By Marian Wright Edelman
“I worry in regards to child obesity…diabetes, cholesterol, and all of those things, but personally I worry more about the children than myself.”
“My kids—they’re the ones that I worry about eating right or making sure everything is good.”
Most parents know the worry of trying to make sure their children are eating well and getting the right balance of the healthy foods they need to grow and thrive. Those universal worries become even harder for families who are already struggling just to put food on the table.
The Supplemental Nutrition Assistance Program (SNAP) helps keep children and families fed and is our nation’s first line of defense against hunger. In 2018 SNAP helped feed nearly a quarter of all children in America. But a new report just released by the USDA showed nearly nine out of 10 SNAP participants faced barriers to providing their family a healthy diet throughout the month.
The study was conducted in 2018, so it did not capture the enormous new challenges many families have faced during the pandemic. But it did make it clear that even before the pandemic more help was already needed. When researchers asked participants why they needed SNAP benefits, the most common answer was unemployment or underemployment: “My husband had fewer hours and I’m not working.” “I wasn’t working anymore. I’m working a little bit now but not much and I need food.”
Other common reasons for needing SNAP included health problems and changes in family circumstances, such as the birth of a child or a separation or divorce: “I got disability because of my illnesses, and then, at the same time, got divorced so I was on my own, and I applied for SNAP.” “I’m raising my grandson. I’ve now adopted him. And ever since I’ve had him again…it was hard to make ends meet with just my income.”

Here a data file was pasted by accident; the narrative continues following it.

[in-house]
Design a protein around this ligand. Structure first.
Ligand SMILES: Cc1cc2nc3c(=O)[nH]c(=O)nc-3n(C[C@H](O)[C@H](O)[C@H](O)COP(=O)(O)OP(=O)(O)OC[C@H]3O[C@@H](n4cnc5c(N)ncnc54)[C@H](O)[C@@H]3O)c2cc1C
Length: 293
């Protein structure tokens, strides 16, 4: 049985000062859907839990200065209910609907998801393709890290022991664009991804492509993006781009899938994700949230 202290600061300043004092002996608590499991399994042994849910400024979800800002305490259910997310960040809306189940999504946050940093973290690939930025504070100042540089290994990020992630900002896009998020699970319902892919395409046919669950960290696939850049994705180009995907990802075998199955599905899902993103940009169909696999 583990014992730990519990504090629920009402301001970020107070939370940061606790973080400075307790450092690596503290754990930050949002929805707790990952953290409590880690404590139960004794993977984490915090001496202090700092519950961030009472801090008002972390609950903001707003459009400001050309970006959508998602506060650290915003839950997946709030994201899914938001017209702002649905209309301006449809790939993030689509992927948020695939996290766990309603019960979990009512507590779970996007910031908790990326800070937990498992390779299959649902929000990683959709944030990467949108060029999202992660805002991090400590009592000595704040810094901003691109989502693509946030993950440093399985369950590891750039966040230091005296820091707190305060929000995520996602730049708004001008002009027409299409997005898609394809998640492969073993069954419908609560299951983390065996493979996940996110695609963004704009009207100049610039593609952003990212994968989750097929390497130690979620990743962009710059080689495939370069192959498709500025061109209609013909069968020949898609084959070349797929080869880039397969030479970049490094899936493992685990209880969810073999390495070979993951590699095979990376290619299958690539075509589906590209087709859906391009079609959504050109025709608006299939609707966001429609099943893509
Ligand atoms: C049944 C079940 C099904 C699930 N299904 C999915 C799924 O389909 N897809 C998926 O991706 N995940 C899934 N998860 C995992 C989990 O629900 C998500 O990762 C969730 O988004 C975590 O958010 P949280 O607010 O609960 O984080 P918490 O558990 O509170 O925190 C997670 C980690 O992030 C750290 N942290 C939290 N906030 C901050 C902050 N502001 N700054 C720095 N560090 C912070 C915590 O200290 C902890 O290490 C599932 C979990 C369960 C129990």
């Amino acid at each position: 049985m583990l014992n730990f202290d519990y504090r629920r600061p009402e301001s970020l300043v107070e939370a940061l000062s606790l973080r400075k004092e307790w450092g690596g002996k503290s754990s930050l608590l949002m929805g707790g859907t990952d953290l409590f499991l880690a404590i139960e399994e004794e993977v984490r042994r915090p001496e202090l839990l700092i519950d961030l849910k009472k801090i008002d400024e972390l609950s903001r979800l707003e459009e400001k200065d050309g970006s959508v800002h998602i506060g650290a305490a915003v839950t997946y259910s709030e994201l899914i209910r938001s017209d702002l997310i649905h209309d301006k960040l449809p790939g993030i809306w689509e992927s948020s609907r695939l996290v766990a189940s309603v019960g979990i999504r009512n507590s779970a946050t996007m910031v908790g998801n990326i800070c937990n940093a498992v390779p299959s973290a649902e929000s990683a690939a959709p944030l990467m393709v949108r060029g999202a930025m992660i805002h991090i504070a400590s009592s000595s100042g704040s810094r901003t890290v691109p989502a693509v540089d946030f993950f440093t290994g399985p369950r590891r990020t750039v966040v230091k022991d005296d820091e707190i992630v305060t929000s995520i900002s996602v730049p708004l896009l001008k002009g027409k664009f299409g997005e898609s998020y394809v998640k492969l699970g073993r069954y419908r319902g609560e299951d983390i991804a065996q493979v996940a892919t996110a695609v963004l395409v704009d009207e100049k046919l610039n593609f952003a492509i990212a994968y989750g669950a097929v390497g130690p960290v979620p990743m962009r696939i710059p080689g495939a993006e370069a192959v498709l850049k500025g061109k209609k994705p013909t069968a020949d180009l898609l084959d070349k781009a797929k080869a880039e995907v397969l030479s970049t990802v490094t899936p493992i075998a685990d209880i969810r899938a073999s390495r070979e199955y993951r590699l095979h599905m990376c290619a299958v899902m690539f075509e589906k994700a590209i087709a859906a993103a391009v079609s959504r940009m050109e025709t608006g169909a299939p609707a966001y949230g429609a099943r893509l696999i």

SNAP made it easier for these participants to feed their families, but most said they still found it hard to access and afford healthy meals. For example, participants who did not own cars and instead had to take a bus, subway train, or walk when they needed to buy groceries felt very limited by where they could shop, whether they could shop frequently enough to purchase fresh foods regularly, and how much they could carry home: “[T]o get the really fresh stuff, you have to travel out a little bit, and I don’t have a car.” “[I]t’s cumbersome on the buses to bring back a lot of groceries.”
Other barriers included not having enough time to prepare meals from scratch, which led to more reliance on prepared and processed foods, and not having storage available for fresh or cooked foods. Not surprisingly, the most common barrier people cited was how hard it can be to afford many healthy choices such as lean meat and fresh fruits and vegetables:
“It’s basically how expensive food is and healthy food. I just went to the store. It’s way expensive. To get some grapes or some tomatoes or something, it’s way more pricey than to get a six pack of ramen noodles.”
“Depending on the week of the month, if the food stamps just came sometimes we may get more leaner meats, like ground beef, than the fattier ones because the fattier ones are cheaper. That’s towards the end of the month when it’s running out.”
“For me healthy means vegetables, fruits and proteins. I really like fish, but sometimes I think about it because salmon is very expensive…that is something for every 15 days, or once a month.”
“Vegetables are really expensive, and fish is really expensive. Everything that’s healthy is expensive, that’s for the rich…I can’t buy the things that are healthy.”
No families in the wealthiest nation on Earth should be convinced that healthy food is just for the rich. Identifying the barriers SNAP participants face towards buying healthy foods helps target solutions, and right now the need is acute. The high grocery store prices that accompanied the pandemic are stretching families’ food budgets even thinner.
Almost half of families who receive SNAP use their monthly benefits within the first few weeks of the month. Nearly half remain food insecure even after receiving benefits, and this report noted that SNAP participants who struggled to afford healthy foods were more than twice as likely to experience food insecurity. With the temporary boost in SNAP benefits passed in response to the COVID-19 crisis set to expire this September, Congress must permanently increase SNAP benefits and eligibility in the upcoming recovery package to ensure no child goes hungry or without the healthy foods they need most.
Marian Wright Edelman, founder and president emerita of the Children’s Defense Fund (CDF), has been an advocate for disadvantaged Americans for her entire professional life.